- Students view learning objectives (LOs) positively because they act as a guide to focus their study time. Learning objectives that contain an action verb and provide a specific context clearly define performance expectations on assessments, make course content more explicit, and help students self-direct their learning.
- To maximize the perceived value of LOs to students, instructors should ensure that instructional LOs align with assessment and course instruction. When instructors do not reinforce LOs in the context of instruction, students may conclude that the stated LOs are for administrative requirements only rather than for their benefit.
- Many students have never received instruction on how to use LOs. Students benefit from specific directions on how they should use LOs to succeed.
- Students use LOs in response to instructor recommendations and are open to further instruction on working with them. Instructors may wish to consider teaching students to turn LOs into questions and then trained on how to answer those questions—an exercise that provides practice opportunities and supports self-assessment.
- Using LOs can improve students’ ability to self-regulate. Self-regulation, in turn, may be particularly helpful in supporting the success of underprepared students.
- Students adjust their learning approach based on course design and have been shown to employ a deeper approach to learning in courses where assessment and class instruction are aligned with LOs.
- It may be difficult for students to understand specific LOs until after learning the content. One study reports that about one-third of students surveyed indicated that they underestimated the depth of learning required to pass an assessment on the stated LOs.
- Student feedback to survey questions supports the hypothesis that LOs should be published to guide rather than “restrict” or circumscribe learning.
Osueke, B., Mekonnen, B., & Stanton, J. D. (2018). How undergraduate science students use learning objectives to study. Journal of Microbiology & Biology Education, (19)2, 1–8. This exploratory study was done in a 300-level science course, where authors analyzed 185 coded responses to questions about how students use and perceive LOs. Students reported using LOs based on instructor recommendations and indicated that they were open to guidance on using them. Students found LOs helpful in organizing and focusing study efforts and reported that assessment items were well-aligned with the LOs. They found that students use LOs as questions to answer (47.4%), as a resource for studying (24.1%), as a self-assessment tool (14.3%), or for passive use (“going over”; 13.5%). They recommend that instructors state LOs for each day in class and model how students use them. The authors emphasize the importance of aligning instruction and assessment with LOs, and instructors are urged to share their LOs with their students to provide goals for what students should know and be able to do. Instructors are encouraged to provide instruction on using LOs, such as turning LOs into questions and using LOs for self-assessment.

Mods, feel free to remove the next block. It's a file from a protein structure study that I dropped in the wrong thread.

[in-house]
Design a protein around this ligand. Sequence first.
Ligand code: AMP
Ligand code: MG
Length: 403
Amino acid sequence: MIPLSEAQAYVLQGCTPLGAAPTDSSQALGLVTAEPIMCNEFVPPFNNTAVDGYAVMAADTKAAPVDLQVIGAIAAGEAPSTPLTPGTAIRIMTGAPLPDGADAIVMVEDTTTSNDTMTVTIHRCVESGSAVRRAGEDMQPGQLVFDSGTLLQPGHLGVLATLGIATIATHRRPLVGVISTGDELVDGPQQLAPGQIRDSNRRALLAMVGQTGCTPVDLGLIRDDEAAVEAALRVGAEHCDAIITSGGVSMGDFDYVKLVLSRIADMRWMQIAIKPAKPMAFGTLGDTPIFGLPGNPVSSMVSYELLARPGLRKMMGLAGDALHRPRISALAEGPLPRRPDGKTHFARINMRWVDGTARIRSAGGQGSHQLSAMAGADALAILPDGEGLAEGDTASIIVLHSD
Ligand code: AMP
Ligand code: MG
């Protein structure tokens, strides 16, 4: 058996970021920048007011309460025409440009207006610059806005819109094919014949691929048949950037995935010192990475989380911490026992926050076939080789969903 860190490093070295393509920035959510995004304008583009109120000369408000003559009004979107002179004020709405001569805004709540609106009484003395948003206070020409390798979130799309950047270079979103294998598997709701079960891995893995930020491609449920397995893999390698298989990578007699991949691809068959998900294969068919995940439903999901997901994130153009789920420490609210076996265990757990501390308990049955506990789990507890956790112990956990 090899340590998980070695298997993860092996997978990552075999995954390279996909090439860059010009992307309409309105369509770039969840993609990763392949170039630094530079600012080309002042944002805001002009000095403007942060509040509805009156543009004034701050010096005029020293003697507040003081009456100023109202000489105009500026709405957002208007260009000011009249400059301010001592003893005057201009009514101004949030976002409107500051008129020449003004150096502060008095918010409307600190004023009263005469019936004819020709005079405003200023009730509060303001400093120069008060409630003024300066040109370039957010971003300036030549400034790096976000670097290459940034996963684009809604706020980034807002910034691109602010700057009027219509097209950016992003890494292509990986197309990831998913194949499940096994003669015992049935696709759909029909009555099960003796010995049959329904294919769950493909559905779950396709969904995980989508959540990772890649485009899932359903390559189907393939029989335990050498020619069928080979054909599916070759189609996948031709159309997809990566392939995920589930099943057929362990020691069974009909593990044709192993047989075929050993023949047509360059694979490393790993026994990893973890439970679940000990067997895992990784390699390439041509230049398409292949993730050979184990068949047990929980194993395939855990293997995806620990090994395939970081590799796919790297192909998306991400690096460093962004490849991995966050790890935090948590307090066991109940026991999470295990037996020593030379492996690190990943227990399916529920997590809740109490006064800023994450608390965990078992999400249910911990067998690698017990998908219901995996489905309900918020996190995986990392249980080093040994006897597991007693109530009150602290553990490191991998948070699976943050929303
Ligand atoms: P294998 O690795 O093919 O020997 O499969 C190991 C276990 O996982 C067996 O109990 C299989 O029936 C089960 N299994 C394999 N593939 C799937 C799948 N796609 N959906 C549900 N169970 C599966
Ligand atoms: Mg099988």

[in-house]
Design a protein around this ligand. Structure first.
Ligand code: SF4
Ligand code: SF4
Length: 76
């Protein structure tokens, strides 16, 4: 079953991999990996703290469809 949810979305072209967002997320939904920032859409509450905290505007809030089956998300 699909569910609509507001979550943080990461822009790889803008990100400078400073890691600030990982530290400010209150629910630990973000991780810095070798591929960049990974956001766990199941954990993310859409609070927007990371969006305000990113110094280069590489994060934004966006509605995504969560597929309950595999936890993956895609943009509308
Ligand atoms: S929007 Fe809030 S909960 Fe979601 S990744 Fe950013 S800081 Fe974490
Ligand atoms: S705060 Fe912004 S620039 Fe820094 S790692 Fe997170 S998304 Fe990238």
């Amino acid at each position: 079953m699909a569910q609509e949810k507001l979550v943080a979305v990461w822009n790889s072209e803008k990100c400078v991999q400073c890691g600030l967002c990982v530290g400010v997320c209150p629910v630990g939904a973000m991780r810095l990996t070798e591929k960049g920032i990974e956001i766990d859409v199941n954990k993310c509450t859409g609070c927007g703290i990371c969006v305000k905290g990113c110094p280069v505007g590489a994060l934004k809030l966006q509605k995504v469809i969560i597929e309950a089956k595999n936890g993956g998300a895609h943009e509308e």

Simon, B., & Taylor, J. (2009). What is the value of course-specific learning goals? The Journal of College Science Teaching, 39, 52–57. The authors discuss the value of using specific instructional LOs in two upper-level computing literacy courses and one upper-level microbiology course from the student and instructor viewpoint. Survey results supported the authors’ hypothesis that students have difficulty identifying what is essential in their courses and that LOs help them organize their efforts more effectively. Student feedback (n = 553 student comments) on the use of LOs was 85% positive. No effect was observed between instructors that presented LOs at the beginning of every lecture period versus at the beginning of each unit/topic area. Instructor feedback indicated that LOs enhanced communication with both students and other instructors. Instructors should note that students find value in LOs that are detailed and student-focused and identify specific goals for students to use in directing their learning efforts.
Brooks, S., Dobbins, K., Scott, J. J. A., Rawlinson, M., & Norman, R. I. (2014). Learning about learning outcomes: the student perspective. Teaching in Higher Education, 19(6), 721–733. The authors of this survey study found that 81% of the undergraduate students surveyed in Biological Sciences, English, and Medicine (n = 918 responses) agreed that LOs are effective aids in structuring their studying and note-taking. Almost half (49%) reported that exposure to course content was required before LOs could be fully understood. Although most students felt that LOs clarify the depth of learning required to pass a topic, 60% also reported that it was possible to underestimate the level of learning needed. Student feedback indicates that having well-written LOs is essential and cautioned that LOs should guide, but not restrict, student learning. Most students agreed that student training on using LOs would be helpful but should not be required. The authors provide instructors with insight on the variety of ways that students use LOs, reinforcing students’ positive view of LOs and emphasizing that students often have difficulty identifying the depth of learning expected to meet the LOs. Instructors are encouraged to instruct students on using LOs to direct their studies effectively.